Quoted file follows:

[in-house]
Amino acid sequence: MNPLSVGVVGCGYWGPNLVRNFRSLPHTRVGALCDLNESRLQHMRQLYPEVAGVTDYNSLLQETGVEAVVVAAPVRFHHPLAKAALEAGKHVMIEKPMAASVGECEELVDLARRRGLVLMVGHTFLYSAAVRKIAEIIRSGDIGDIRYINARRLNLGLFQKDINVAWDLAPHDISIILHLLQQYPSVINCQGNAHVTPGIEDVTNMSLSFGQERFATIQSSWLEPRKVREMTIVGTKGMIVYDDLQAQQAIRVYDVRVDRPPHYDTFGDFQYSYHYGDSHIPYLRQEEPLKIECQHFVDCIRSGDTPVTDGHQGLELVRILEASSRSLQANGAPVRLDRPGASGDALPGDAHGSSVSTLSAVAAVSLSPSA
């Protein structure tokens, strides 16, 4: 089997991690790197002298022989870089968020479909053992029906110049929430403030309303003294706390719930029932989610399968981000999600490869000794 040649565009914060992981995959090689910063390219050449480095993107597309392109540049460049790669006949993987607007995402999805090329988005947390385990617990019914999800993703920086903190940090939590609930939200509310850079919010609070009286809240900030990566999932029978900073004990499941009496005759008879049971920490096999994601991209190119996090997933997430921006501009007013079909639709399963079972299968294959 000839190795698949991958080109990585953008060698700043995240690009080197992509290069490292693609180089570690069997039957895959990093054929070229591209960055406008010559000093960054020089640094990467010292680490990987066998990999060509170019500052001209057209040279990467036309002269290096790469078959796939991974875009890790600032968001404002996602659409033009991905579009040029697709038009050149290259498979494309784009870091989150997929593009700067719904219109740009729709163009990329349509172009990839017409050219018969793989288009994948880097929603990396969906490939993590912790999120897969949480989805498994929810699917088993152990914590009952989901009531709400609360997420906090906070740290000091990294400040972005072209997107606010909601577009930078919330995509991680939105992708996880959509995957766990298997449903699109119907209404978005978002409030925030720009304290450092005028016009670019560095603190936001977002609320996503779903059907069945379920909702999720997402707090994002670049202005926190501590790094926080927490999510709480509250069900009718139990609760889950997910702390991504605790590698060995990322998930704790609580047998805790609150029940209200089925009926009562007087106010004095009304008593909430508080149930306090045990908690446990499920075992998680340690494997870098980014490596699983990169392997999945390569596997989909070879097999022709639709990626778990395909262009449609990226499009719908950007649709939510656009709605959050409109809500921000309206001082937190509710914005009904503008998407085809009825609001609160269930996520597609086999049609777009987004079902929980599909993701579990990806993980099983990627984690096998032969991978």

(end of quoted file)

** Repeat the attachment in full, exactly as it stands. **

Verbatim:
[in-house]
Amino acid sequence: MNPLSVGVVGCGYWGPNLVRNFRSLPHTRVGALCDLNESRLQHMRQLYPEVAGVTDYNSLLQETGVEAVVVAAPVRFHHPLAKAALEAGKHVMIEKPMAASVGECEELVDLARRRGLVLMVGHTFLYSAAVRKIAEIIRSGDIGDIRYINARRLNLGLFQKDINVAWDLAPHDISIILHLLQQYPSVINCQGNAHVTPGIEDVTNMSLSFGQERFATIQSSWLEPRKVREMTIVGTKGMIVYDDLQAQQAIRVYDVRVDRPPHYDTFGDFQYSYHYGDSHIPYLRQEEPLKIECQHFVDCIRSGDTPVTDGHQGLELVRILEASSRSLQANGAPVRLDRPGASGDALPGDAHGSSVSTLSAVAAVSLSPSA
């Protein structure tokens, strides 16, 4: 089997991690790197002298022989870089968020479909053992029906110049929430403030309303003294706390719930029932989610399968981000999600490869000794 040649565009914060992981995959090689910063390219050449480095993107597309392109540049460049790669006949993987607007995402999805090329988005947390385990617990019914999800993703920086903190940090939590609930939200509310850079919010609070009286809240900030990566999932029978900073004990499941009496005759008879049971920490096999994601991209190119996090997933997430921006501009007013079909639709399963079972299968294959 000839190795698949991958080109990585953008060698700043995240690009080197992509290069490292693609180089570690069997039957895959990093054929070229591209960055406008010559000093960054020089640094990467010292680490990987066998990999060509170019500052001209057209040279990467036309002269290096790469078959796939991974875009890790600032968001404002996602659409033009991905579009040029697709038009050149290259498979494309784009870091989150997929593009700067719904219109740009729709163009990329349509172009990839017409050219018969793989288009994948880097929603990396969906490939993590912790999120897969949480989805498994929810699917088993152990914590009952989901009531709400609360997420906090906070740290000091990294400040972005072209997107606010909601577009930078919330995509991680939105992708996880959509995957766990298997449903699109119907209404978005978002409030925030720009304290450092005028016009670019560095603190936001977002609320996503779903059907069945379920909702999720997402707090994002670049202005926190501590790094926080927490999510709480509250069900009718139990609760889950997910702390991504605790590698060995990322998930704790609580047998805790609150029940209200089925009926009562007087106010004095009304008593909430508080149930306090045990908690446990499920075992998680340690494997870098980014490596699983990169392997999945390569596997989909070879097999022709639709990626778990395909262009449609990226499009719908950007649709939510656009709605959050409109809500921000309206001082937190509710914005009904503008998407085809009825609001609160269930996520597609086999049609777009987004079902929980599909993701579990990806993980099983990627984690096998032969991978």